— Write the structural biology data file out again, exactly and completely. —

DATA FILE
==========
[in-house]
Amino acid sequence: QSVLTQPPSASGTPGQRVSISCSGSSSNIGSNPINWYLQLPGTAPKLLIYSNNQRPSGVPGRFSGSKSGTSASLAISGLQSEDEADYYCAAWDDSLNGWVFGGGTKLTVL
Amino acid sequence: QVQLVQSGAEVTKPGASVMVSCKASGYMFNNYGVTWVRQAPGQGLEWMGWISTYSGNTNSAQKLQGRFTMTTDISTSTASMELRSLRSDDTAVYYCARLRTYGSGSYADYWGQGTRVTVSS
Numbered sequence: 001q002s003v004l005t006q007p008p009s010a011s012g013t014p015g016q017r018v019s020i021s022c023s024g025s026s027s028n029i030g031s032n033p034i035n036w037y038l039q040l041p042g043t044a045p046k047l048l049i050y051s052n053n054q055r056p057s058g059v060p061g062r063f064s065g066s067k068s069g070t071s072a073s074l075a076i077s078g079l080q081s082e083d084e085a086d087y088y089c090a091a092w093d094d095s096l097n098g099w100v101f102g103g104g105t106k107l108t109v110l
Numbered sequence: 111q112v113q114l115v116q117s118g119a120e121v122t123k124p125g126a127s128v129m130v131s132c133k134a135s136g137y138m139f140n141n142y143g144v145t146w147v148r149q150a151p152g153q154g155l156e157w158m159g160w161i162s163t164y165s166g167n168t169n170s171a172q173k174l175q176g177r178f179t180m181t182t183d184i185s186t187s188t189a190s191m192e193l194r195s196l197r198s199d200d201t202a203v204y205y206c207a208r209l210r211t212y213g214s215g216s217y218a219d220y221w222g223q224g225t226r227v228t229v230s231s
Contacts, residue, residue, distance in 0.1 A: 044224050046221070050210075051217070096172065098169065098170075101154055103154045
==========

[in-house]
Amino acid sequence: QSVLTQPPSASGTPGQRVSISCSGSSSNIGSNPINWYLQLPGTAPKLLIYSNNQRPSGVPGRFSGSKSGTSASLAISGLQSEDEADYYCAAWDDSLNGWVFGGGTKLTVL
Amino acid sequence: QVQLVQSGAEVTKPGASVMVSCKASGYMFNNYGVTWVRQAPGQGLEWMGWISTYSGNTNSAQKLQGRFTMTTDISTSTASMELRSLRSDDTAVYYCARLRTYGSGSYADYWGQGTRVTVSS
Numbered sequence: 001q002s003v004l005t006q007p008p009s010a011s012g013t014p015g016q017r018v019s020i021s022c023s024g025s026s027s028n029i030g031s032n033p034i035n036w037y038l039q040l041p042g043t044a045p046k047l048l049i050y051s052n053n054q055r056p057s058g059v060p061g062r063f064s065g066s067k068s069g070t071s072a073s074l075a076i077s078g079l080q081s082e083d084e085a086d087y088y089c090a091a092w093d094d095s096l097n098g099w100v101f102g103g104g105t106k107l108t109v110l
Numbered sequence: 111q112v113q114l115v116q117s118g119a120e121v122t123k124p125g126a127s128v129m130v131s132c133k134a135s136g137y138m139f140n141n142y143g144v145t146w147v148r149q150a151p152g153q154g155l156e157w158m159g160w161i162s163t164y165s166g167n168t169n170s171a172q173k174l175q176g177r178f179t180m181t182t183d184i185s186t187s188t189a190s191m192e193l194r195s196l197r198s199d200d201t202a203v204y205y206c207a208r209l210r211t212y213g214s215g216s217y218a219d220y221w222g223q224g225t226r227v228t229v230s231s
Contacts, residue, residue, distance in 0.1 A: 044224050046221070050210075051217070096172065098169065098170075101154055103154045